As we saw last week, creation’s ticket to freedom rides on the back of the liberation of God’s people: “The creation waits in eager expectation for the sons of God to be revealed.” (v. 19) The resurrection of God’s children will spearhead the arrival of the new heavens and new earth. What God had intended for his world right back ‘in the beginning’ (Genesis 1) will finally come to fruition.
Without in any way denying our responsibility to be good stewards of our environment, Christians are the ultimate greenies. This is because creation eagerly awaits the day of the Lord, when the children of God will be liberated and glorified. One liberation will trigger the other.
It is God’s commitment to the natural world that obligates us to share in that commitment, in the same way that God’s commitment to the resurrection of the body requires us to be good stewards of our bodies. It would badly miss the point if the truth that creation awaits divine liberation causes us to abandon our responsibility to care for creation. God has entrusted to us humans, made in his image, the responsibility to rule and care for this world (Gen 1:28, 2:15). We ought to take care of this earth as people entrusted with a precious gift, and as stewards who will have to give an account to the Creator. Not only that, we must take care of it because we don’t know when our Lord Jesus will return, and our love for others demands that we pass this earth to the next generation in better condition than when we received it.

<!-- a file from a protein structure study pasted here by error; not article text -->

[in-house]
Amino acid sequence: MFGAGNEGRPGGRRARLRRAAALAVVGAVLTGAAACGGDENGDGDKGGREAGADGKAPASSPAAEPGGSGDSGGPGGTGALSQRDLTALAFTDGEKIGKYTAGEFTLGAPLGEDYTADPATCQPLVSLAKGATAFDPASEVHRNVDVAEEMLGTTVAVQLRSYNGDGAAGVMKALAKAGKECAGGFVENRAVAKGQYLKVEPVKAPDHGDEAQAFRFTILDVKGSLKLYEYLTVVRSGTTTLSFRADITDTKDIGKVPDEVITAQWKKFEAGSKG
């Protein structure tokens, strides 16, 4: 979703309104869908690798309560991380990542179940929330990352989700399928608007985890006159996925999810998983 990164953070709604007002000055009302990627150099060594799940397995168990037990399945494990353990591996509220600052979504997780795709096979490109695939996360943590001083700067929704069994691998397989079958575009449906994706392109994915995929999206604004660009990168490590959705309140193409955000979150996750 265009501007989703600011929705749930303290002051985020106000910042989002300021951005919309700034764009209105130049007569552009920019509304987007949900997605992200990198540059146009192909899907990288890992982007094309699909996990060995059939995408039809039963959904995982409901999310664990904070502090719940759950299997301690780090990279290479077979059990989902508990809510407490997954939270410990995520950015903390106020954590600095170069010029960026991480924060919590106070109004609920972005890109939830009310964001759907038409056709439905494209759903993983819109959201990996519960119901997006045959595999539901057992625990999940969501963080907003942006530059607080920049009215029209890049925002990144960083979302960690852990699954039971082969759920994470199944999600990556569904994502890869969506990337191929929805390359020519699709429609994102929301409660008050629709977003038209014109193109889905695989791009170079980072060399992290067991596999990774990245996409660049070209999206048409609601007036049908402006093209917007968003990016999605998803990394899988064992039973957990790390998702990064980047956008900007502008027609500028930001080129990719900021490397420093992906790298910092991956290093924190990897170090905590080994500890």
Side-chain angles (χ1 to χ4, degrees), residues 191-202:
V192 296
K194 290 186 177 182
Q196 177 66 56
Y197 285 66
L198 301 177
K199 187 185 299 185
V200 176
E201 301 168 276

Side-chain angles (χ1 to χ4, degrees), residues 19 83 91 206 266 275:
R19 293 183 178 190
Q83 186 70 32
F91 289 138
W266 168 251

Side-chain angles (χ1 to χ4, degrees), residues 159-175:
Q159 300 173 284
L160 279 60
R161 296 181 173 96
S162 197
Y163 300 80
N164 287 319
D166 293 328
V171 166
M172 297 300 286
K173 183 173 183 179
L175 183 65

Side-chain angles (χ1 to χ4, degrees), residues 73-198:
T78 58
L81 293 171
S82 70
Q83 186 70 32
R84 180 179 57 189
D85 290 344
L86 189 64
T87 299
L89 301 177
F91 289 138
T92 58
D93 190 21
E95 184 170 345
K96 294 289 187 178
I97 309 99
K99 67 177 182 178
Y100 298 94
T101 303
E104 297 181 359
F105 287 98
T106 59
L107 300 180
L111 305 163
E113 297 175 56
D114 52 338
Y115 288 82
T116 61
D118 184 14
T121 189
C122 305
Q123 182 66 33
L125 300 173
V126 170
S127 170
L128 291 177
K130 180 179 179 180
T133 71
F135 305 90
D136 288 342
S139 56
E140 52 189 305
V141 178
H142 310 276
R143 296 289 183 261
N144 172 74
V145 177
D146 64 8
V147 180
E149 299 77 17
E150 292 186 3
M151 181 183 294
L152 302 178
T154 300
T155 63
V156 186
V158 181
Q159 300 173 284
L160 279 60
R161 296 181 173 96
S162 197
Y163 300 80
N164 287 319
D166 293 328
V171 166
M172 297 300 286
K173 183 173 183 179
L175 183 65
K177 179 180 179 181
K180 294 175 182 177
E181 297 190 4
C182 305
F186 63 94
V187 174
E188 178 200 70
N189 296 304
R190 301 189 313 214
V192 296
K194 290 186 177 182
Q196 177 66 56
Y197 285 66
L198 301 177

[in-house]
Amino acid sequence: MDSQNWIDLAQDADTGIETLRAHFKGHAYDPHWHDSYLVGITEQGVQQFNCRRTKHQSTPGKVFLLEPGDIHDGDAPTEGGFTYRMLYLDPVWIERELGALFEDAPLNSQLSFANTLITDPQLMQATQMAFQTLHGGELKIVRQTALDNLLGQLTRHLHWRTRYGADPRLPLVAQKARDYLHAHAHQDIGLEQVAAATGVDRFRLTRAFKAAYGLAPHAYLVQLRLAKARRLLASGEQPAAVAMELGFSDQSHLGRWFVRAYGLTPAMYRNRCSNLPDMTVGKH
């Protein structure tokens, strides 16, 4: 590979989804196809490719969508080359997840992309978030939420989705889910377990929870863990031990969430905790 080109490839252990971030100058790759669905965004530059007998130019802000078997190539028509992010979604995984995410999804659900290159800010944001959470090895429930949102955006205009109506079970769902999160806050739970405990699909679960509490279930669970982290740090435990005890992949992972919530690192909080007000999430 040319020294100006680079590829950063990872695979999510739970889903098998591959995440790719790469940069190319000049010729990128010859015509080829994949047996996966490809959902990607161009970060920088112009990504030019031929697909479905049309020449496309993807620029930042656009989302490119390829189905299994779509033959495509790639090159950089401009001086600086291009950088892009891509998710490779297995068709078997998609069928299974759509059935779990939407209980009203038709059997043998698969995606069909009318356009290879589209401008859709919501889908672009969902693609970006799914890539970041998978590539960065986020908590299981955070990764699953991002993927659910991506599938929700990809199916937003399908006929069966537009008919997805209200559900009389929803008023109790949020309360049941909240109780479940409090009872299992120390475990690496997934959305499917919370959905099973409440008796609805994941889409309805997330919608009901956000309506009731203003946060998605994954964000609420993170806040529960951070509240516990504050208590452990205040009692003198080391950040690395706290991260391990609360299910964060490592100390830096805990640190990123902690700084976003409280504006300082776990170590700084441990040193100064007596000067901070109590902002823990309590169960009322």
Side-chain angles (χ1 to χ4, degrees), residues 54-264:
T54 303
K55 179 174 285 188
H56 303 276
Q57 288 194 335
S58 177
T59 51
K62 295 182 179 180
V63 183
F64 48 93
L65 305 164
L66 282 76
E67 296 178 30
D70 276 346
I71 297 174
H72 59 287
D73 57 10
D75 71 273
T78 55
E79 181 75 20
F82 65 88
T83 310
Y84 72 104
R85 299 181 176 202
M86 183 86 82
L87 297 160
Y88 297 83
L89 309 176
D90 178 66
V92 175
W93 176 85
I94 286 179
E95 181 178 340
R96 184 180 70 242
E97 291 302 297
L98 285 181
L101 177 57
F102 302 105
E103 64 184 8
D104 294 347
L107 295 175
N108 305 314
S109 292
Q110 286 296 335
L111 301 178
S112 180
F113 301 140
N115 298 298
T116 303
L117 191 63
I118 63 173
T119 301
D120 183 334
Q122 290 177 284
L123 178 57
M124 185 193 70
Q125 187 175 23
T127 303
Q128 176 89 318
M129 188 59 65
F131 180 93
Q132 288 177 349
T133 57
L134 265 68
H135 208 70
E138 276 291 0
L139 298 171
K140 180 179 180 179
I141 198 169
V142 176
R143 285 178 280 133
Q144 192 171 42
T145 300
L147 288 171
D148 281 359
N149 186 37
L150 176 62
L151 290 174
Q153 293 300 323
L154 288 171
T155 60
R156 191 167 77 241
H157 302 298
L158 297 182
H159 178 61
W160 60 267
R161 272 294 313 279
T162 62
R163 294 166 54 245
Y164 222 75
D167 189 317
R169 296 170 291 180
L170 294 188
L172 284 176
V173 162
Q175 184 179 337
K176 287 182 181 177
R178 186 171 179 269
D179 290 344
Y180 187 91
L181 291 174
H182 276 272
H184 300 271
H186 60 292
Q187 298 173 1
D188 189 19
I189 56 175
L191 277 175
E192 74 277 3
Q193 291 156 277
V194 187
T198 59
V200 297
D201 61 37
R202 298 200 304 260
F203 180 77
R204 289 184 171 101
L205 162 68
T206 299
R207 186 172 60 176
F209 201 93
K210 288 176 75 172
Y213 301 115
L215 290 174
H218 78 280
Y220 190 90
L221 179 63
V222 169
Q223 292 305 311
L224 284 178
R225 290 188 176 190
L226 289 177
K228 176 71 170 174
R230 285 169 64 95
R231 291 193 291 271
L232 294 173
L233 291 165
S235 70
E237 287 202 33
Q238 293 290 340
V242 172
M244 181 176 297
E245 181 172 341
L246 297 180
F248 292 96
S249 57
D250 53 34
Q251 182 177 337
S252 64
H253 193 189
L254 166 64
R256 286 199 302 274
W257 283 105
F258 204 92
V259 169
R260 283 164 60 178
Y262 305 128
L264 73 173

Yet our framework for ecology must include a biblical understanding that creation is, indeed, subject to futility by its bondage to decay. Human effort will never restore the earth to pristine condition. Its freedom will only come when Jesus returns and the saints are set free.
The focus remains on Christ, and on us being in Christ. Any other approach to ecology moves in the direction of idolatry.